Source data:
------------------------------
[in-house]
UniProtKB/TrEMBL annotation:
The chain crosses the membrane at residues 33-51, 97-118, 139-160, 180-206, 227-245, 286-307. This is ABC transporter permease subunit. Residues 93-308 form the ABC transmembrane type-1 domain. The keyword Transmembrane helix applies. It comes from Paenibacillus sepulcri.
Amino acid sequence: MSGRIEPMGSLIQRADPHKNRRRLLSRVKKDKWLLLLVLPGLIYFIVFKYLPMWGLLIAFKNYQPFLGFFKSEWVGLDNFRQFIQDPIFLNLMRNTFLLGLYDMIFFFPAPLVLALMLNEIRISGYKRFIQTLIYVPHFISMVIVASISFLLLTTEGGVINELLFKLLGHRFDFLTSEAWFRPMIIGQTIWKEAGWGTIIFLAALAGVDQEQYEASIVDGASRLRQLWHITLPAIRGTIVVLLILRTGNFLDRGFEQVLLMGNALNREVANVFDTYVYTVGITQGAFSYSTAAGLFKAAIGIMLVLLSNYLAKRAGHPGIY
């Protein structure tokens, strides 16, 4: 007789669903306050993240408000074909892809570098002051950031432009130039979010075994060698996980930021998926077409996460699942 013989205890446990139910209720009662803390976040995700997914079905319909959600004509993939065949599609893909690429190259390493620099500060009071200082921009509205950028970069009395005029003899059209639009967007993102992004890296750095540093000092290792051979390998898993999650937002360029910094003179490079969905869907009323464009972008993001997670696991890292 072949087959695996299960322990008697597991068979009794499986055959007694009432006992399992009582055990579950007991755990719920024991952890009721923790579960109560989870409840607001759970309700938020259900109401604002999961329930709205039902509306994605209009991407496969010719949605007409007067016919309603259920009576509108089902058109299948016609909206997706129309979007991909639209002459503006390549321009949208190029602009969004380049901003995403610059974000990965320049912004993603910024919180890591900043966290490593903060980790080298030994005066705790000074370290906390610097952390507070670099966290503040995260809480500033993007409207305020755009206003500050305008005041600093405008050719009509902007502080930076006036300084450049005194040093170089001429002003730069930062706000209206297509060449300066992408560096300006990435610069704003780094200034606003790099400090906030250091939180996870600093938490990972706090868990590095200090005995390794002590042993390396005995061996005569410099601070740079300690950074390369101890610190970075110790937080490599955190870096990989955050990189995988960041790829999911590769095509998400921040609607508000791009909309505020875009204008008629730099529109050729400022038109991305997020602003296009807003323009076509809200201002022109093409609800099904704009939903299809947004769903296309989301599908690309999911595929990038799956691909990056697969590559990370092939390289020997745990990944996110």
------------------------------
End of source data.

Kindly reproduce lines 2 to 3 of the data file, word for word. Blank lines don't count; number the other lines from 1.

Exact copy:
UniProtKB/TrEMBL annotation:
The chain crosses the membrane at residues 33-51, 97-118, 139-160, 180-206, 227-245, 286-307. This is ABC transporter permease subunit. Residues 93-308 form the ABC transmembrane type-1 domain. The keyword Transmembrane helix applies. It comes from Paenibacillus sepulcri.